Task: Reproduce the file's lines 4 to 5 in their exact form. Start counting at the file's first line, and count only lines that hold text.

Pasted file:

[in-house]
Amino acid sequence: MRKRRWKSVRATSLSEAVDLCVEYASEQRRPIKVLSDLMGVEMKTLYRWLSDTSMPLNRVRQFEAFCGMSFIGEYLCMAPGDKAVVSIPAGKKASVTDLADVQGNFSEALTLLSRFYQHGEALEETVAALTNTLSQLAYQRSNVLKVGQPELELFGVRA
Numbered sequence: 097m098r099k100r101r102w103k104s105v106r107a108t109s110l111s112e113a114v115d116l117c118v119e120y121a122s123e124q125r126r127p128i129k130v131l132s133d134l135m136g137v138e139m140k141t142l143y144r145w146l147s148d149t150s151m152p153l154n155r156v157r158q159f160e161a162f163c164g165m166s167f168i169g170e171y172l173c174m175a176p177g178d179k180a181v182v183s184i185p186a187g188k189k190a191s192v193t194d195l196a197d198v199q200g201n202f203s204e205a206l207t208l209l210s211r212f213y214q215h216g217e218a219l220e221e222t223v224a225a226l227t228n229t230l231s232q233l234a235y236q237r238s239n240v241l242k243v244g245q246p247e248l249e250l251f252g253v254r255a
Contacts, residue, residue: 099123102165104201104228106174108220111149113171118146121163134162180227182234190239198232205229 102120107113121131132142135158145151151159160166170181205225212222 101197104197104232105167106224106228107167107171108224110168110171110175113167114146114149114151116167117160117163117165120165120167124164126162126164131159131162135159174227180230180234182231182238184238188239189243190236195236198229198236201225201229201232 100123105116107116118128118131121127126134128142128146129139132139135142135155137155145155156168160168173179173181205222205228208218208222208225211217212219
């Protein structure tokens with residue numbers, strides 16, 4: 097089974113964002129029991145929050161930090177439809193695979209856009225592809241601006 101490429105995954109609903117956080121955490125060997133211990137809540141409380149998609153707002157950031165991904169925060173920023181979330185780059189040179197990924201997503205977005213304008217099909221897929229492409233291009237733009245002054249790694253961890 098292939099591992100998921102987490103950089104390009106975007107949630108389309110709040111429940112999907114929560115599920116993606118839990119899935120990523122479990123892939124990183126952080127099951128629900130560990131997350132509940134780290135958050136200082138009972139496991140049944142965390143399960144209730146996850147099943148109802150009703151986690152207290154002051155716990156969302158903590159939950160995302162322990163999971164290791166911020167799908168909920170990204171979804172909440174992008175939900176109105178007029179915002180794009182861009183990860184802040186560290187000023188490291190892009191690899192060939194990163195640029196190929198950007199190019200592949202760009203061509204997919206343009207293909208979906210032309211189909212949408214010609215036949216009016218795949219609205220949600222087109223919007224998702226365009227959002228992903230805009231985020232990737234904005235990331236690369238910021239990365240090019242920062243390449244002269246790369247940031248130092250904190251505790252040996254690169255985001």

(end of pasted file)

Contacts, residue, residue: 099123102165104201104228106174108220111149113171118146121163134162180227182234190239198232205229 102120107113121131132142135158145151151159160166170181205225212222 101197104197104232105167106224106228107167107171108224110168110171110175113167114146114149114151116167117160117163117165120165120167124164126162126164131159131162135159174227180230180234182231182238184238188239189243190236195236198229198236201225201229201232 100123105116107116118128118131121127126134128142128146129139132139135142135155137155145155156168160168173179173181205222205228208218208222208225211217212219
């Protein structure tokens with residue numbers, strides 16, 4: 097089974113964002129029991145929050161930090177439809193695979209856009225592809241601006 101490429105995954109609903117956080121955490125060997133211990137809540141409380149998609153707002157950031165991904169925060173920023181979330185780059189040179197990924201997503205977005213304008217099909221897929229492409233291009237733009245002054249790694253961890 098292939099591992100998921102987490103950089104390009106975007107949630108389309110709040111429940112999907114929560115599920116993606118839990119899935120990523122479990123892939124990183126952080127099951128629900130560990131997350132509940134780290135958050136200082138009972139496991140049944142965390143399960144209730146996850147099943148109802150009703151986690152207290154002051155716990156969302158903590159939950160995302162322990163999971164290791166911020167799908168909920170990204171979804172909440174992008175939900176109105178007029179915002180794009182861009183990860184802040186560290187000023188490291190892009191690899192060939194990163195640029196190929198950007199190019200592949202760009203061509204997919206343009207293909208979906210032309211189909212949408214010609215036949216009016218795949219609205220949600222087109223919007224998702226365009227959002228992903230805009231985020232990737234904005235990331236690369238910021239990365240090019242920062243390449244002269246790369247940031248130092250904190251505790252040996254690169255985001």